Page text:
Let’s start with a confession: I have never kissed another female.
I know, it’s shocking. I feel like every one of my female friends has some kind of story about the time she kissed another woman. A lot of girls’s first kisses are with their best friends, just to try it. I didn’t even consider the fact that I had never kissed a girl until I came to college. In fact, I was kind of proud of the fact that I never got drunk and kissed a girl at a party, thinking that it was some kind of attention seeking action of which I never wanted to take part.
Since coming to college, I have kept company with women in heterosexual relationships who kiss other women in heterosexual relationships on wild weekend nights. They laugh and joke about it around other people, including their boyfriends. I never considered it a big deal, until my boyfriend heard me joking with my roommate about getting drunk and making out with her at a party that upcoming weekend. I think I made some passing comment to him like, “Wasn’t that every straight guy’s fantasy? Two girls making out?” and he just shook his head. I probed further and he confessed that it would make him very uncomfortable if I kissed someone else, even if, in my own words, “It didn’t count.”
I can’t fault him for that. Our relationship is definitely between only two people and that’s how we both prefer it. I would hate it if he made out with one of his female friends, and I can’t imagine even considering making out with one of my male friends. Someone else, even with different hardware from him, is not my boyfriend, and such an intimate act makes him uncomfortable. And so I understand even if I think it makes me more curious.
This summer I worked with a woman named Belinda. She very quickly came out to me as gay, flirted with me, and told me that she never slept with gay women—only straight ones who usually had boyfriends. She told me she, “Showed them what they were missing.” As our time working together went on, she told me about her first girlfriend, and how she became as good in bed as she is; she always joked that if I ever got tired of my boyfriend, I’d know where to find her. “You’ll think about a night with me long after you’re married,” she said. “When you’re bored at home, you’ll dream about the things I did to you.” Yeah, she was kidding, but yeah, maybe it made me a little uncomfortable. Let me be honest here: Until about a year ago, I was at least moderately repulsed by my own vagina, let alone somebody else’s. But let’s also consider the fact that when someone tells you that they can quadruple your orgasms in half the time, it piques your curiosity, regardless of whether you think it’s true.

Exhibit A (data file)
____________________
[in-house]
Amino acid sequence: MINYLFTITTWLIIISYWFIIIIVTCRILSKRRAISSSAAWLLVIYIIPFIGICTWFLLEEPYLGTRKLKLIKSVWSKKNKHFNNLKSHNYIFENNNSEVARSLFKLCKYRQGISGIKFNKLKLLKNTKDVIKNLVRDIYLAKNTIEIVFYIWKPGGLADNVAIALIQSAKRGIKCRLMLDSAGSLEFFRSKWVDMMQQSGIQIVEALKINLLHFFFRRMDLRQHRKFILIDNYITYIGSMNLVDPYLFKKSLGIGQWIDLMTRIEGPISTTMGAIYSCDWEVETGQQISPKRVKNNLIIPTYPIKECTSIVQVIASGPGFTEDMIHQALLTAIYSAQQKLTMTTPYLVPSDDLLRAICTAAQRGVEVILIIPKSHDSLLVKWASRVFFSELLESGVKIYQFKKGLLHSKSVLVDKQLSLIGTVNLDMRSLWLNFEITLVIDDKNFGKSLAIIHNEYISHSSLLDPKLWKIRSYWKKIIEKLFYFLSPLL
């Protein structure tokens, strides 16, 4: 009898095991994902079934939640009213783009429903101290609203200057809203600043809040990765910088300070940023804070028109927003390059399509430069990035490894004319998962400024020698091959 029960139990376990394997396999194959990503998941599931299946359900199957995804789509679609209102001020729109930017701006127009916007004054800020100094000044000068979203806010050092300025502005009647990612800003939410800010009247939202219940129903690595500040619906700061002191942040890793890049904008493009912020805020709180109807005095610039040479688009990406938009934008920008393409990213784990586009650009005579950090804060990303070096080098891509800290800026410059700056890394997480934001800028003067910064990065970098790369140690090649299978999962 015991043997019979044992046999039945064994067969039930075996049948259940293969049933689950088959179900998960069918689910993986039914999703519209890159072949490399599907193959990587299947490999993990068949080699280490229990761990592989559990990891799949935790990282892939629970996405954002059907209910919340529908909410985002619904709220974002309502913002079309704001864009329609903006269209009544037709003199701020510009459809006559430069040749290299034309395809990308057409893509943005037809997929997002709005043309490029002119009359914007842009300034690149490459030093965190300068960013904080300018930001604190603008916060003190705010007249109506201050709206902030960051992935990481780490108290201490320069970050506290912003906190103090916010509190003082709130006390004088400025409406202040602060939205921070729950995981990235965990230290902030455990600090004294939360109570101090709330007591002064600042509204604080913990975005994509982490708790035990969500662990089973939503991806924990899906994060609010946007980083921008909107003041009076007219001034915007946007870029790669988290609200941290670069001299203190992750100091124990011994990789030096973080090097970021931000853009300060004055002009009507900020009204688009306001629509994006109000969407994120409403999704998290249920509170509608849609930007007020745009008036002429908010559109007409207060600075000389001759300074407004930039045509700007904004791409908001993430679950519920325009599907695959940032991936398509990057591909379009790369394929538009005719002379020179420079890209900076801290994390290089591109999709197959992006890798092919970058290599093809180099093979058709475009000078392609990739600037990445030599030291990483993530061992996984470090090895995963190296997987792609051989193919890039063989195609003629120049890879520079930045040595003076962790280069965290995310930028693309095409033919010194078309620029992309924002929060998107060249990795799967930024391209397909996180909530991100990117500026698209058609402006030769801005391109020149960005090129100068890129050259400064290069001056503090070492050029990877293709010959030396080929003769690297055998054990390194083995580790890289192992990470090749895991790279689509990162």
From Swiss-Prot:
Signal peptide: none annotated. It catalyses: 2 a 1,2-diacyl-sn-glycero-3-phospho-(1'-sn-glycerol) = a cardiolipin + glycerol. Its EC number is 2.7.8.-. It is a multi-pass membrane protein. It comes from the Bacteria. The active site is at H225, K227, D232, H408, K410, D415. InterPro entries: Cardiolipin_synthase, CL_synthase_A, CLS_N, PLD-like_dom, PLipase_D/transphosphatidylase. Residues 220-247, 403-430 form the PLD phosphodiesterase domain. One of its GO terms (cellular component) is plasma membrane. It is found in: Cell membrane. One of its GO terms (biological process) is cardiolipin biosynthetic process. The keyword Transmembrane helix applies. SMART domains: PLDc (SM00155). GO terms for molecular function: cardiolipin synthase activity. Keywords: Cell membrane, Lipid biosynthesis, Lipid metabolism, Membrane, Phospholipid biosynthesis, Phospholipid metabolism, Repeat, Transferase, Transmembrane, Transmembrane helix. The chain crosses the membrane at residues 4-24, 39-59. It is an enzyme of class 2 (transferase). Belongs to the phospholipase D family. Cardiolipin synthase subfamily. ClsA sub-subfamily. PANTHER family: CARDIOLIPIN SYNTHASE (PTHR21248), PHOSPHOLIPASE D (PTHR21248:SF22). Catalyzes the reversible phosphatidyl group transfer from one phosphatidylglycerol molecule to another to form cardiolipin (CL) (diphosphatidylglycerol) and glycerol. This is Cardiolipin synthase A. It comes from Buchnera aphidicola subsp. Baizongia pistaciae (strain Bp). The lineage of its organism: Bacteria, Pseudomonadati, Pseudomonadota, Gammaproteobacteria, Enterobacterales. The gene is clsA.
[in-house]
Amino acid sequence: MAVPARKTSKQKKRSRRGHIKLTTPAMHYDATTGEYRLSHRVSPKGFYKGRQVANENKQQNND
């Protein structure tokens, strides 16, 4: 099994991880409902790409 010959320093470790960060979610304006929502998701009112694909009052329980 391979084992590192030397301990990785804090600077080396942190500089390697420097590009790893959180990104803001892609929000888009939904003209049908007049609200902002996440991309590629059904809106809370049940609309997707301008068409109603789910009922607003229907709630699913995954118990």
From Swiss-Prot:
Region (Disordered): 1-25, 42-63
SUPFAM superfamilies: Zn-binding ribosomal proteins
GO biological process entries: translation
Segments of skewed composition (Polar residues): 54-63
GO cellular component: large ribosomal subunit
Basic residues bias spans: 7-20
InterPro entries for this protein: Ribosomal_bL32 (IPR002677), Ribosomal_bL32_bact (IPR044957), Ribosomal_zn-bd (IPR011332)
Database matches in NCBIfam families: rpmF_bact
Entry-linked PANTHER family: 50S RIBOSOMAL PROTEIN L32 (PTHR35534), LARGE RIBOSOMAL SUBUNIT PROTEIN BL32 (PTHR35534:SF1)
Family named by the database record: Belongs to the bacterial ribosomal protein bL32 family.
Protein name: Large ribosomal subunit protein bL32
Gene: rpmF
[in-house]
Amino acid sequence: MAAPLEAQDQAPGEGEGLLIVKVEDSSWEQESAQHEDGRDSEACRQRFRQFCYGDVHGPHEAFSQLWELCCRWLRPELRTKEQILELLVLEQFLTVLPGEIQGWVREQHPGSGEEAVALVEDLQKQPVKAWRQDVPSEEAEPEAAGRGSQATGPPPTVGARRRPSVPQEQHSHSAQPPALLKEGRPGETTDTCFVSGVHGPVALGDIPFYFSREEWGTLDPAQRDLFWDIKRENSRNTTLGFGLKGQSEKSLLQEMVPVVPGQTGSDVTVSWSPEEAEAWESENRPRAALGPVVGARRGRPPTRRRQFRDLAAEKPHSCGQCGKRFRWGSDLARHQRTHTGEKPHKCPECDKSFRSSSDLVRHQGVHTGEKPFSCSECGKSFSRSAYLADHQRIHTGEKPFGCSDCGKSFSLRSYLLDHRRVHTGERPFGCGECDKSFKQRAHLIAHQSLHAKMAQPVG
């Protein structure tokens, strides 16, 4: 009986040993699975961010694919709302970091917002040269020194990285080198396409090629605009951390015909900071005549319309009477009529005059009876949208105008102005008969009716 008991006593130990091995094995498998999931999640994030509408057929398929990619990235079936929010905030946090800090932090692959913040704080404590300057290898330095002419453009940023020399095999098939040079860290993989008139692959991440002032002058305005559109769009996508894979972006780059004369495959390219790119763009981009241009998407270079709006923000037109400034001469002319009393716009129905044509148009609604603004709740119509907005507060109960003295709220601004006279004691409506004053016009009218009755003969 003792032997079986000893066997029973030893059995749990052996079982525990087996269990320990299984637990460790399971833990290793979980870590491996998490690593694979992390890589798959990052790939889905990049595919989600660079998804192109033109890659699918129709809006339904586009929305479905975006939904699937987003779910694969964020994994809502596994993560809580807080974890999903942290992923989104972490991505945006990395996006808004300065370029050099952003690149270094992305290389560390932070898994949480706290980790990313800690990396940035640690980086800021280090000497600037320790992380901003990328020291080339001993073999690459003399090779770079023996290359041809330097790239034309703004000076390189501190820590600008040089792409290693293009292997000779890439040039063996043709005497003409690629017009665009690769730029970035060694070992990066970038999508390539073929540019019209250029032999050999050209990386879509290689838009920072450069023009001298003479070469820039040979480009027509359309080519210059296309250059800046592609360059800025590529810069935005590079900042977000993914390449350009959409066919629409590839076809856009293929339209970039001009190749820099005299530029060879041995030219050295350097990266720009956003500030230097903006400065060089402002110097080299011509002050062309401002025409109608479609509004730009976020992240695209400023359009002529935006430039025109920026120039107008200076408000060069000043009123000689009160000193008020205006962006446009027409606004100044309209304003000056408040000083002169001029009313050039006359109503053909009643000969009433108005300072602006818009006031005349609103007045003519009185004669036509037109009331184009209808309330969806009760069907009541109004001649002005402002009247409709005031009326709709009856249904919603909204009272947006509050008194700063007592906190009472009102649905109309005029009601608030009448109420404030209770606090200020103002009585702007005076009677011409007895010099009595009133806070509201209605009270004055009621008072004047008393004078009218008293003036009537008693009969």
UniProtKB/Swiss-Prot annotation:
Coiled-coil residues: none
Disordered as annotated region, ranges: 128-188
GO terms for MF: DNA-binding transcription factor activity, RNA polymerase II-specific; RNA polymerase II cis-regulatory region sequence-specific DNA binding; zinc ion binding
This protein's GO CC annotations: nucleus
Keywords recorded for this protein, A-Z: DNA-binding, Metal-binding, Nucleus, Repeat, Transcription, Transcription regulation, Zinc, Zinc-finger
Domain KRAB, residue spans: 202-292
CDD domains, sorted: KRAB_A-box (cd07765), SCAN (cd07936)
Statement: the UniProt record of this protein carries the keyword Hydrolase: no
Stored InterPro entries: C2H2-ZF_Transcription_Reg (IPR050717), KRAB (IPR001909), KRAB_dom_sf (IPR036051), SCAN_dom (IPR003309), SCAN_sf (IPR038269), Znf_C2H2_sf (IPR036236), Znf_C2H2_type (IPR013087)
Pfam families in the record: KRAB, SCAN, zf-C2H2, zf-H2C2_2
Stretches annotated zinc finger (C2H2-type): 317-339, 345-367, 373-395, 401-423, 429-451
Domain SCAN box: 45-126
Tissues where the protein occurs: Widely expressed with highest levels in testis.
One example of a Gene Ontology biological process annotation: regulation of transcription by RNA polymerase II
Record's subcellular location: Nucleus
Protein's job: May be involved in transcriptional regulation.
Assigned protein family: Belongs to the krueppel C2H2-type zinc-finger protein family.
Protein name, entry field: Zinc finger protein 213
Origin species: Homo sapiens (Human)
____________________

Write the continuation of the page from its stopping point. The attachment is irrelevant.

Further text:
So maybe I had a dream that had Belinda in it. And maybe we kissed. And I probably woke up feeling kind of embarrassed at my own unconscious curiosity. Had I been a little younger, a little less experienced, a little more unsure, I may have even been ashamed of having a dream where I was intimate with someone of the same gender. Luckily, I know a little bit better. In the same way that having a dream about winning the lottery doesn’t make you a millionaire, having a dream about kissing a girl doesn’t make you a lesbian. In fact, even kissing a girl doesn’t make you a lesbian. It’s important that people get to decide how they identify with their sexual orientation, regardless of past experience. I also think it’s important that people have all the experiences they want to have to be able to make an educated decision about how they identify.
It might sound like I think my boyfriend is keeping me away from valuable experience that I should have, but I don’t believe that at all. I choose to kiss him and only him, not because he’s a man—not because he told me I shouldn’t kiss women, but because I love him, and I want our relationship to just be between us. In the same way I won’t go kissing guys willy-nilly to get experience, I choose not to kiss gals either, because that’s how I want my relationship to be defined. The important thing is that it is my choice.